Columbia County sees a 204 percent jump in NYC migration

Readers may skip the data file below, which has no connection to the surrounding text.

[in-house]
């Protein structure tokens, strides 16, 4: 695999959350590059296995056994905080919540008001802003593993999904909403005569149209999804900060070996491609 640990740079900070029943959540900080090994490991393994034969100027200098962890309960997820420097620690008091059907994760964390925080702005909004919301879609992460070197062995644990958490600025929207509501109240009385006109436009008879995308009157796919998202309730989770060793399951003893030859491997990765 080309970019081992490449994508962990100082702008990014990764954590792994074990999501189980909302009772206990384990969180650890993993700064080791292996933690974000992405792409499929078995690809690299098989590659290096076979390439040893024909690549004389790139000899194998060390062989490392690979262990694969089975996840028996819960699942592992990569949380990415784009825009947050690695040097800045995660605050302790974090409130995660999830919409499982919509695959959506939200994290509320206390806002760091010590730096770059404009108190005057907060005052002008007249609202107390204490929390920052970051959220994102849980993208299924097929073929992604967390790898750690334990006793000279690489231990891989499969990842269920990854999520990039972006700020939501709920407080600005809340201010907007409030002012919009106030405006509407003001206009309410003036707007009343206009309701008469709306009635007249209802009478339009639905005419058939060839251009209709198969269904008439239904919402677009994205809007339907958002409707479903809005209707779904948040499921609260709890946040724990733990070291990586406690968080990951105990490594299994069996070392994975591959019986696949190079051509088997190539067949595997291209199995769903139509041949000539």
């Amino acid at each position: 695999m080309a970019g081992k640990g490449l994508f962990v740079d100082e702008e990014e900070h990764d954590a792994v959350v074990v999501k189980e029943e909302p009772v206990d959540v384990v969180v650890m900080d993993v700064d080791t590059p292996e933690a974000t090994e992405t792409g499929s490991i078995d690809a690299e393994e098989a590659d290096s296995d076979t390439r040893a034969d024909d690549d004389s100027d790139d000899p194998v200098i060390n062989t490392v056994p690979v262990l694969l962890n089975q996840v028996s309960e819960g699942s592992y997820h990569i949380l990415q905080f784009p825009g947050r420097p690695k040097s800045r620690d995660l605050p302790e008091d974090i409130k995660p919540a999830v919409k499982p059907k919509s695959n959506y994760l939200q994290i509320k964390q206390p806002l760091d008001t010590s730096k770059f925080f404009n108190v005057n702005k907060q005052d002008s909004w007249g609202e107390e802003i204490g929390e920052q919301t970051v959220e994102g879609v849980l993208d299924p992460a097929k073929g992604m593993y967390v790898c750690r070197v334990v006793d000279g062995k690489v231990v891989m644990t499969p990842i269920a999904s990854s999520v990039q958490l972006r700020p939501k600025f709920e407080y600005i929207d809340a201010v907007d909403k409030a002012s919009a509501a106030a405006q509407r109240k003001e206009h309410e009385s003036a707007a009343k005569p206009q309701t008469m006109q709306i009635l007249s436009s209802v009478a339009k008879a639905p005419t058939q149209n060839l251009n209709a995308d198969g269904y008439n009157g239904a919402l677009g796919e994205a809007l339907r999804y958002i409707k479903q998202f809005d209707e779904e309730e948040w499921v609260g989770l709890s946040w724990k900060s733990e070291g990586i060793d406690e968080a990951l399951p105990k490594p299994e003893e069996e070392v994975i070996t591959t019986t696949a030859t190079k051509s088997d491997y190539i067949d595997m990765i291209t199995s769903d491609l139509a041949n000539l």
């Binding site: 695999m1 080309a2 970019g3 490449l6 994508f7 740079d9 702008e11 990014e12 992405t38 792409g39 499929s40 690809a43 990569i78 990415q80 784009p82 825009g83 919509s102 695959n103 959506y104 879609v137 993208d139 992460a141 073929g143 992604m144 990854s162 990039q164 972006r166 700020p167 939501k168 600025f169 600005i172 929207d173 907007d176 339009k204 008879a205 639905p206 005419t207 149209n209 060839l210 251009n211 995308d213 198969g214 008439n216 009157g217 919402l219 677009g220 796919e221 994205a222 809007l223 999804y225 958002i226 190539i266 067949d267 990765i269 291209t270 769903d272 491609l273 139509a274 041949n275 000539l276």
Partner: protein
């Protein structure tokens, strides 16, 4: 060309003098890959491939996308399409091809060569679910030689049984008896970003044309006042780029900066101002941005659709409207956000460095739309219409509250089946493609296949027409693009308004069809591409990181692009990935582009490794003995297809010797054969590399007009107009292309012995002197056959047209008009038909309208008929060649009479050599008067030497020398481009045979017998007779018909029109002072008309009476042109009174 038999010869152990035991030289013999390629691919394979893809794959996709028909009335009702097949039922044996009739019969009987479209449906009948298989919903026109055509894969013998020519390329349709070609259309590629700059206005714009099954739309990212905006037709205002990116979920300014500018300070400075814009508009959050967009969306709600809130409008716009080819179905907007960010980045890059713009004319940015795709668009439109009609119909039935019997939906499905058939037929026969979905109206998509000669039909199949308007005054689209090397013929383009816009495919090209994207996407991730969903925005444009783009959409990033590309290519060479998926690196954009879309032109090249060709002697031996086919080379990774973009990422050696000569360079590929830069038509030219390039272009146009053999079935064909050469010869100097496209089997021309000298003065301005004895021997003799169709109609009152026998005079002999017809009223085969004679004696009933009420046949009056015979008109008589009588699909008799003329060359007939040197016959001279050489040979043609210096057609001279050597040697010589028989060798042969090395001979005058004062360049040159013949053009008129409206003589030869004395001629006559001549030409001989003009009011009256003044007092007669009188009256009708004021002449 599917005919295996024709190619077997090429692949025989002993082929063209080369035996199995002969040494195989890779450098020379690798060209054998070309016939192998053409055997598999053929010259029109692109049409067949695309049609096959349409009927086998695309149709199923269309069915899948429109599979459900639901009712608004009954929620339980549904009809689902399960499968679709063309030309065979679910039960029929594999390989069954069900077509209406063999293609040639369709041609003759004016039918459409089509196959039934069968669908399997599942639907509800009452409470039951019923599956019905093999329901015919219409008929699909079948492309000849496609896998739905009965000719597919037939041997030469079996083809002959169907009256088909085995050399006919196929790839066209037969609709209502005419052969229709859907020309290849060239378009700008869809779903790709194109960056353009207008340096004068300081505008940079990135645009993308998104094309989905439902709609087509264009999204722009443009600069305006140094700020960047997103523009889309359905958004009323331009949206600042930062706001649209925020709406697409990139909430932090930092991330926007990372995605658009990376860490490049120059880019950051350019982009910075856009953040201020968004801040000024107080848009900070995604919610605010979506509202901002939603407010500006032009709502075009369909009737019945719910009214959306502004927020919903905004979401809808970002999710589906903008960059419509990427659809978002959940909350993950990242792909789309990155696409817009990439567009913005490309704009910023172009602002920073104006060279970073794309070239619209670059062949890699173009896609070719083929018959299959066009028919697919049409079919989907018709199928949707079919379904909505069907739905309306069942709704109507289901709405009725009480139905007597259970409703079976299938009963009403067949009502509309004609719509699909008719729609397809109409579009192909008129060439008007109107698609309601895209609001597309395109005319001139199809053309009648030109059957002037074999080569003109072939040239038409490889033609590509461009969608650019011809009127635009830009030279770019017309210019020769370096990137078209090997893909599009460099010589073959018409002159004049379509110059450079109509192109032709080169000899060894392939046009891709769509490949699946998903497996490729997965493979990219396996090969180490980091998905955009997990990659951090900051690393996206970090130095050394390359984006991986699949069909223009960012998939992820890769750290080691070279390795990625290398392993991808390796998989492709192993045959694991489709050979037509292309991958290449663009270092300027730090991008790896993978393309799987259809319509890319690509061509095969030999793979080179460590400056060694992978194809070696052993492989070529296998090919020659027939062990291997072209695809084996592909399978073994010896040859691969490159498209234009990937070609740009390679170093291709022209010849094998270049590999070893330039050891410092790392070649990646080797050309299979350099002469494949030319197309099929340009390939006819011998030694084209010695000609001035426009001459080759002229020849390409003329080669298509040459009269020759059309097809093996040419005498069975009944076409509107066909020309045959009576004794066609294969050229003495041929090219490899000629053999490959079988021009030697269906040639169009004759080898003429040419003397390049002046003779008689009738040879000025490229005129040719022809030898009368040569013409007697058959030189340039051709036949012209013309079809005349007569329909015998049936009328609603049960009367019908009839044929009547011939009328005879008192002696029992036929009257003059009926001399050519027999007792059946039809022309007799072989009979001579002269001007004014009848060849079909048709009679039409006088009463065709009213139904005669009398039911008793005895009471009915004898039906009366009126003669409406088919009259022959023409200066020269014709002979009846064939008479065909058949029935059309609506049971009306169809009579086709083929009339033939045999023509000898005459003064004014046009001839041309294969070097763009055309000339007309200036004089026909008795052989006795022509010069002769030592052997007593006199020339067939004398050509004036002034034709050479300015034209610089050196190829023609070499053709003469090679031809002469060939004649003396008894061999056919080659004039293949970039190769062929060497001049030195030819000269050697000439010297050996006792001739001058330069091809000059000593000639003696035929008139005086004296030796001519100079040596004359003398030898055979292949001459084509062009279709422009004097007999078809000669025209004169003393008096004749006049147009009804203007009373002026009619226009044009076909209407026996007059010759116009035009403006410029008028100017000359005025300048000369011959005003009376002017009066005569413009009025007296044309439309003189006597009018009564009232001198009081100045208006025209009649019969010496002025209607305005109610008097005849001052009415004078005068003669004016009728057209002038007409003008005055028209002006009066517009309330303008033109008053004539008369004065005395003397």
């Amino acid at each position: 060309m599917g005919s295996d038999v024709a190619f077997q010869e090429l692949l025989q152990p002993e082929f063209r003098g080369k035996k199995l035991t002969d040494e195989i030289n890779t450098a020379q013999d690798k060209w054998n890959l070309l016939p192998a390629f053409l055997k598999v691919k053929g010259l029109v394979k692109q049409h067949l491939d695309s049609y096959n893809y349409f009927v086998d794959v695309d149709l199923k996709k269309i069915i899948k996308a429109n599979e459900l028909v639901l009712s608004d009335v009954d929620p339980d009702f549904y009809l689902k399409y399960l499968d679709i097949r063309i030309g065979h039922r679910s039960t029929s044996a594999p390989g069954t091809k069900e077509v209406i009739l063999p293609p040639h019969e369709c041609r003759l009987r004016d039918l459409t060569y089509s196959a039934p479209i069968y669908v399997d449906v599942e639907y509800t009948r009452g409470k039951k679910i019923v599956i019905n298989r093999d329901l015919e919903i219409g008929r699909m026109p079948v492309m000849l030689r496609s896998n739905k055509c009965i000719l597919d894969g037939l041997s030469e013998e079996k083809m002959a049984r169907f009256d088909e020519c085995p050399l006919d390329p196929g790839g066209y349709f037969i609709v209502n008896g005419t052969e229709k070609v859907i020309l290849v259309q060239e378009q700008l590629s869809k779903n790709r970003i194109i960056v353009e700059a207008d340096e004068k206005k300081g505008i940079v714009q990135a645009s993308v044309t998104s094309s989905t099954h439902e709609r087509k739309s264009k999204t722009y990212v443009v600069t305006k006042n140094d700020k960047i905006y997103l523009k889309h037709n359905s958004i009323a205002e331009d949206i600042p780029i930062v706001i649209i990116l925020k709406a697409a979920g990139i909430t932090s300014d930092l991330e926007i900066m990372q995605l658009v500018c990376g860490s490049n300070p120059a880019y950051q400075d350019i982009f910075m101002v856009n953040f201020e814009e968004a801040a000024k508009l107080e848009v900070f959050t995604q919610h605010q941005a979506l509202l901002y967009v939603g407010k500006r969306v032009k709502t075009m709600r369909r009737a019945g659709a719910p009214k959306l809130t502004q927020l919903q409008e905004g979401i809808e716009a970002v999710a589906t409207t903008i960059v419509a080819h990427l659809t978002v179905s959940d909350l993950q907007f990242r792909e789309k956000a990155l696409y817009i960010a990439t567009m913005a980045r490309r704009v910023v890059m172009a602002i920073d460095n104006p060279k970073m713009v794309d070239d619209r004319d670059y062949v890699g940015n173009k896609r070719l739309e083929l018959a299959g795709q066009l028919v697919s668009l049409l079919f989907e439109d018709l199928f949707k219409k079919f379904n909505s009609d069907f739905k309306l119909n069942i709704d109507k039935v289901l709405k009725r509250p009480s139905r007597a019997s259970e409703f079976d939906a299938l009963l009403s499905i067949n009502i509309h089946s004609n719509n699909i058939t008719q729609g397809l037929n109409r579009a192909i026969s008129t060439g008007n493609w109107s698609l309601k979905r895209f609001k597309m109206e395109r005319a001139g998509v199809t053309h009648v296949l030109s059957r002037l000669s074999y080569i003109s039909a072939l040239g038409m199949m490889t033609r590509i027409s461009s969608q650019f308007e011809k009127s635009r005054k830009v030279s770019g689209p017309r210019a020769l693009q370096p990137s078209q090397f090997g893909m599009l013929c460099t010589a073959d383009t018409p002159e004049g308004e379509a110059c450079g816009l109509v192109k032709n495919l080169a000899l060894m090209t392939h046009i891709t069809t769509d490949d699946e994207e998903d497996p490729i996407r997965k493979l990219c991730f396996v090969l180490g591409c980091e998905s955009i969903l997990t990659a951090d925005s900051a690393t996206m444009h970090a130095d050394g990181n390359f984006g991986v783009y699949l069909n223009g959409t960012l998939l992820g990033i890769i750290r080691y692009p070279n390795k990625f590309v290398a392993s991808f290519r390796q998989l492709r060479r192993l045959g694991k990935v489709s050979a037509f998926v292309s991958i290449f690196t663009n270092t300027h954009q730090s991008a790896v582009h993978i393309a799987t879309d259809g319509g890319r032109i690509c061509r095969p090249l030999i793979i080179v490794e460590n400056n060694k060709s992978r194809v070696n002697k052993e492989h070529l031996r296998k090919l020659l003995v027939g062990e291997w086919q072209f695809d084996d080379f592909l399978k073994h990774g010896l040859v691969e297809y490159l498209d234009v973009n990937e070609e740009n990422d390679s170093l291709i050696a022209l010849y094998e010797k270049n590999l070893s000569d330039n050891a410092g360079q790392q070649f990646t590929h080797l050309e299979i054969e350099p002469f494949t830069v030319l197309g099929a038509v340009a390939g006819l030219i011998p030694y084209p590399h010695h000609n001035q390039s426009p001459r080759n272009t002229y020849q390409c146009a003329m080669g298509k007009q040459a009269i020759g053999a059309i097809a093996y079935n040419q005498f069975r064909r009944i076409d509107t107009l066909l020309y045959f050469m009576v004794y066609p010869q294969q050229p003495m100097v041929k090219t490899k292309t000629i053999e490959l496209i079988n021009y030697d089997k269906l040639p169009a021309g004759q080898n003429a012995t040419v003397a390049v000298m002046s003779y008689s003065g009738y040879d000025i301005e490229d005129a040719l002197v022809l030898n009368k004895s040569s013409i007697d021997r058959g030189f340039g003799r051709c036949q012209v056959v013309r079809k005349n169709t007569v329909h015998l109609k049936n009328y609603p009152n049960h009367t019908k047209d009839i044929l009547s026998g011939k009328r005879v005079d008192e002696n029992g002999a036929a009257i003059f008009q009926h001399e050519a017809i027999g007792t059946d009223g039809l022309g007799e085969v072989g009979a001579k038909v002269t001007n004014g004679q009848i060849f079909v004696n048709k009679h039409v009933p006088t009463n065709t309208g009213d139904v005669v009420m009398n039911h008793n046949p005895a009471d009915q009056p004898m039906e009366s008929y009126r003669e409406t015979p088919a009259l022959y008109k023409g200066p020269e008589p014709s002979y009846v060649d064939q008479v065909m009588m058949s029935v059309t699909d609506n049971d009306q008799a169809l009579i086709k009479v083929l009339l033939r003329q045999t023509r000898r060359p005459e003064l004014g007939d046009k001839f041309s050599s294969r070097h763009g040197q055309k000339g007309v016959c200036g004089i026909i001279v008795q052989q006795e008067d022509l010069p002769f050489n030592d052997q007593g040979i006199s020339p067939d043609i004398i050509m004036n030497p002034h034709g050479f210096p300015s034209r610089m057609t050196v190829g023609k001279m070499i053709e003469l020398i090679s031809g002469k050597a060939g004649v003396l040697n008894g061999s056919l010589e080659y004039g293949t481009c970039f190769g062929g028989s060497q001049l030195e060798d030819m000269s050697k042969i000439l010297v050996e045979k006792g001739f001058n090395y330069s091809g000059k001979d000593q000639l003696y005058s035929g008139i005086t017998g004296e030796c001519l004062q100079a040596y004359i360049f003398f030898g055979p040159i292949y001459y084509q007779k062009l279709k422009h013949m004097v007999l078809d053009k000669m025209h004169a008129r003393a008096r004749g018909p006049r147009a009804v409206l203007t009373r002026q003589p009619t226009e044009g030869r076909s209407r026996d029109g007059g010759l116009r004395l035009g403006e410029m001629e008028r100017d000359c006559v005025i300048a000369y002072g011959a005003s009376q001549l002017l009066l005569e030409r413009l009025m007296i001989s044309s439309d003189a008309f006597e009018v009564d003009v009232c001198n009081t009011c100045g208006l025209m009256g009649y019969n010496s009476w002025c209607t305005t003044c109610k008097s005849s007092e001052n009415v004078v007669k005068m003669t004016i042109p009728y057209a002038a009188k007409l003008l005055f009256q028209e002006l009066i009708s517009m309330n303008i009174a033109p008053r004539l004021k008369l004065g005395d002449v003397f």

Cloey Callahan is reporting for the Times Union that an analysis of 29 million address changes reported by the U.S. Postal Service in 2020, showed an increase in move-outs in nearly all urban centers. In New York state, that meant the Hudson Valley and upstate were prime destinations for New York City residents looking for better places to live. Of all Hudson Valley counties, Columbia and Ulster saw the highest year-over-year change in people moving there from New York, Queens, Kings and Bronx counties from 2019 to 2020. While 412 people changed their address from New York City to Columbia County in 2019, the data shows a 204 percent increase in 2020, with 1,254 people moving there. In Ulster, 951 people moved from New York City to the county in 2019, and in 2020, that number grew to 2,647 people, a 180 percent surge. The New York Times, using the same data set, reported that Hudson and Kingston are the top two metro spots nationwide seeing the biggest change in net relocations. While the upstate metros are highlighted, more rural areas, such as Phoenicia and Copake, have also seen considerable shifts in net migration from the city since 2019. Bloomberg reports that 197 people moved to the Hudson area during the pandemic for every 100 who moved out — the largest increase in the country for a metro area in the nationwide analysis. But while the data shows big changes in residency, it does not capture whether newcomers are contributing to the local economy. An address change alone does not necessarily assure that new residents are shopping locally instead of ordering goods from major nationwide retailers like Amazon, if they are sending their kids to local school districts, or if they are patronizing local restaurants. Other data indicate that transplants are spending locally although the address-changers may have been part-time locals all along. “We had approximately 4,200 second home-owners to begin with who generally use their homes for seasonal weekends or a long vacation,” said F. Michael Tucker, president, and CEO of Columbia Economic Development Corporation. “A portion of the people who changed their mailing address may have already owned homes here.” Read the full story in the Times Union.